I think http://skeptoid.com/episodes/4147 is a wonderful discussion on the subject - particularly talking about the power of suggestion and so on. But pleasently including some facts...
A 2008 study at Hofstra University played two different binaural beats
and a control sound (a babbling brook) to patients with high blood
pressure. There was no difference between the groups. In one small
study from Japan that was published in the Journal of Neurophysiology
in 2006, they played various binaural beats to nine subjects, and
observed the resulting EEGs. They found great variability in the
results. Their conclusion was that listening to binaural beats can
produce activity on the human cerebral cortex, however the cause was
more likely a conscious auditory reaction and was not correlated to
the frequency of the binaural beat. However, a 2005 study published in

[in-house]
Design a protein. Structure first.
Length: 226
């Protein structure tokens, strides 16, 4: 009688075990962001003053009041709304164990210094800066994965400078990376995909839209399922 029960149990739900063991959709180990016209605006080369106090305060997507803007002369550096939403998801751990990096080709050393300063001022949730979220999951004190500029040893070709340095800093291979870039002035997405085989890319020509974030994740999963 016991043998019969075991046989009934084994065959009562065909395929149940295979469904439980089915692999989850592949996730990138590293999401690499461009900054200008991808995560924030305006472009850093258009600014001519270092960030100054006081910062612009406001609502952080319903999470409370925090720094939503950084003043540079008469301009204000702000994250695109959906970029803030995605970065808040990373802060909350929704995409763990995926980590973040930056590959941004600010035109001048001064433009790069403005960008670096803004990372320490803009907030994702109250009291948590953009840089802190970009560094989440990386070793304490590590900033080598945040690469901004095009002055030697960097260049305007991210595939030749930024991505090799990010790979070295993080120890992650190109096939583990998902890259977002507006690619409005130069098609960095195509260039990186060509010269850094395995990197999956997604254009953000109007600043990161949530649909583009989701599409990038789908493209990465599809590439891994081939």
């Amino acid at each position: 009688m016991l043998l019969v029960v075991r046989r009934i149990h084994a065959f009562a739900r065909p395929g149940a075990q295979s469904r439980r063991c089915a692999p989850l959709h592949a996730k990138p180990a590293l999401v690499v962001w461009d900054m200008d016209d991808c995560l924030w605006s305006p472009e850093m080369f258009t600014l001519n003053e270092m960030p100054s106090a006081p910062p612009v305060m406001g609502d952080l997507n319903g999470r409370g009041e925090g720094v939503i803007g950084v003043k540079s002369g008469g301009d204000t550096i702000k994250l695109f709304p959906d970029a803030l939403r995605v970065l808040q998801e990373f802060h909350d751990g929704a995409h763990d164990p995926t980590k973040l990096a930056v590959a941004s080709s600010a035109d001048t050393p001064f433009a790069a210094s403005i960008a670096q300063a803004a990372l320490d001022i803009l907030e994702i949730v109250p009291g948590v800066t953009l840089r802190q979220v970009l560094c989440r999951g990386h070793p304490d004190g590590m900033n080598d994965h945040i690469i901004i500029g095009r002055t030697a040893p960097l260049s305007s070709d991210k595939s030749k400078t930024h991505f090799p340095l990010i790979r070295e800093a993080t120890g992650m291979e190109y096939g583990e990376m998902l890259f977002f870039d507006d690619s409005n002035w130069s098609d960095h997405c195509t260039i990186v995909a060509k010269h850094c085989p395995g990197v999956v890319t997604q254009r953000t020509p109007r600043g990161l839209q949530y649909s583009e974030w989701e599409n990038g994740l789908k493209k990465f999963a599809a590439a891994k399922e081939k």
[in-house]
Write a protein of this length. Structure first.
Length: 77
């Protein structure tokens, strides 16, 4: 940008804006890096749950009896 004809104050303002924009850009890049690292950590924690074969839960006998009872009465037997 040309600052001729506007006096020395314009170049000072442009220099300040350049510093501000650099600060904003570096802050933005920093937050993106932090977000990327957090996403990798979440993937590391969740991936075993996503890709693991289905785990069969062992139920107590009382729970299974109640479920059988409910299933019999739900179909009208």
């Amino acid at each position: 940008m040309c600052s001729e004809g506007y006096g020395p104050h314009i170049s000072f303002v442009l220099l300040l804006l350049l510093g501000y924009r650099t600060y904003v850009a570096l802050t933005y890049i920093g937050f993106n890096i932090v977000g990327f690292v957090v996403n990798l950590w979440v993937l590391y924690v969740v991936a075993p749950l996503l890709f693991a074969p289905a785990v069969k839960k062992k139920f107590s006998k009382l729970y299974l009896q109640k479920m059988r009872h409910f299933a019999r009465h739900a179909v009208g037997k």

Clinical Neurophysiology found that they were able to induce a desired
frequency in the EEG matching the phantom beat frequency encoded in a
binaural beat, however this was with a single subject and was neither
blinded nor controlled.
(The studies are linked in the original)
However I think the really important part is this:
in summary, binaural beats certainly do not work the way the sellers
claim, but there's no reason to think they're any less effective than
any other music track you might listen to that effects you in a way
you like. If they make you sleepy (like they all do for me), use them
to go to sleep. If they relax you or get you amped, use them for that.
But don't expect them to be any more effective than regular music.